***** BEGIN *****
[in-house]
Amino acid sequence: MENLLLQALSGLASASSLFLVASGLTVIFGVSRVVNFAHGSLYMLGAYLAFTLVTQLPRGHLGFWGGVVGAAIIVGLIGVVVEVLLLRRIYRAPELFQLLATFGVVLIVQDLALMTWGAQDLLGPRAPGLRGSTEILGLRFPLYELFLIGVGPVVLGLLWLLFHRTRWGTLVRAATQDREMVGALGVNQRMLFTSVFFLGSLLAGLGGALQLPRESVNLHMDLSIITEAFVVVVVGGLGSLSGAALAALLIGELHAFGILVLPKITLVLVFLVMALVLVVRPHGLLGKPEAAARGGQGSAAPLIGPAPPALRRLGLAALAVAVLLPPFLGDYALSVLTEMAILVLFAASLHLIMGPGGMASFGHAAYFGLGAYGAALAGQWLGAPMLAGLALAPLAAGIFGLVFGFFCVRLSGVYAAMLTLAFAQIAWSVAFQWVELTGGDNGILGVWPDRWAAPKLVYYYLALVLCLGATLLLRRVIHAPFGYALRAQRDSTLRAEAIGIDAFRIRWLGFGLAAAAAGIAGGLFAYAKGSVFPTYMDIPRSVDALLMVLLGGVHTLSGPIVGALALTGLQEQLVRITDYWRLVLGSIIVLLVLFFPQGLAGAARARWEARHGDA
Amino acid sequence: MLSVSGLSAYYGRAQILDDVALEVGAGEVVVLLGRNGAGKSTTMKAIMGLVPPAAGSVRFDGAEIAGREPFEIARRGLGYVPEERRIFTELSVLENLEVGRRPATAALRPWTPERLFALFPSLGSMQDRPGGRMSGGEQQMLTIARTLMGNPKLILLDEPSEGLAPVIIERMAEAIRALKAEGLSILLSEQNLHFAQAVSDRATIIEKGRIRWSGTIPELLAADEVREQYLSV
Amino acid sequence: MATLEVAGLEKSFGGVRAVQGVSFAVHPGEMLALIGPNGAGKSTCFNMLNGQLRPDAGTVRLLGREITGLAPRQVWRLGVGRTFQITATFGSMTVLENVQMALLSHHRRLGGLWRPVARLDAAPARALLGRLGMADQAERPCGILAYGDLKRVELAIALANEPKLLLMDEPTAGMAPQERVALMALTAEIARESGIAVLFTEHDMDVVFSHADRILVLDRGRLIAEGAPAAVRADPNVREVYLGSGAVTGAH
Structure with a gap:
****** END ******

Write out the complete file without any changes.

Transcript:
[in-house]
Amino acid sequence: MENLLLQALSGLASASSLFLVASGLTVIFGVSRVVNFAHGSLYMLGAYLAFTLVTQLPRGHLGFWGGVVGAAIIVGLIGVVVEVLLLRRIYRAPELFQLLATFGVVLIVQDLALMTWGAQDLLGPRAPGLRGSTEILGLRFPLYELFLIGVGPVVLGLLWLLFHRTRWGTLVRAATQDREMVGALGVNQRMLFTSVFFLGSLLAGLGGALQLPRESVNLHMDLSIITEAFVVVVVGGLGSLSGAALAALLIGELHAFGILVLPKITLVLVFLVMALVLVVRPHGLLGKPEAAARGGQGSAAPLIGPAPPALRRLGLAALAVAVLLPPFLGDYALSVLTEMAILVLFAASLHLIMGPGGMASFGHAAYFGLGAYGAALAGQWLGAPMLAGLALAPLAAGIFGLVFGFFCVRLSGVYAAMLTLAFAQIAWSVAFQWVELTGGDNGILGVWPDRWAAPKLVYYYLALVLCLGATLLLRRVIHAPFGYALRAQRDSTLRAEAIGIDAFRIRWLGFGLAAAAAGIAGGLFAYAKGSVFPTYMDIPRSVDALLMVLLGGVHTLSGPIVGALALTGLQEQLVRITDYWRLVLGSIIVLLVLFFPQGLAGAARARWEARHGDA
Amino acid sequence: MLSVSGLSAYYGRAQILDDVALEVGAGEVVVLLGRNGAGKSTTMKAIMGLVPPAAGSVRFDGAEIAGREPFEIARRGLGYVPEERRIFTELSVLENLEVGRRPATAALRPWTPERLFALFPSLGSMQDRPGGRMSGGEQQMLTIARTLMGNPKLILLDEPSEGLAPVIIERMAEAIRALKAEGLSILLSEQNLHFAQAVSDRATIIEKGRIRWSGTIPELLAADEVREQYLSV
Amino acid sequence: MATLEVAGLEKSFGGVRAVQGVSFAVHPGEMLALIGPNGAGKSTCFNMLNGQLRPDAGTVRLLGREITGLAPRQVWRLGVGRTFQITATFGSMTVLENVQMALLSHHRRLGGLWRPVARLDAAPARALLGRLGMADQAERPCGILAYGDLKRVELAIALANEPKLLLMDEPTAGMAPQERVALMALTAEIARESGIAVLFTEHDMDVVFSHADRILVLDRGRLIAEGAPAAVRADPNVREVYLGSGAVTGAH
Structure with a gap: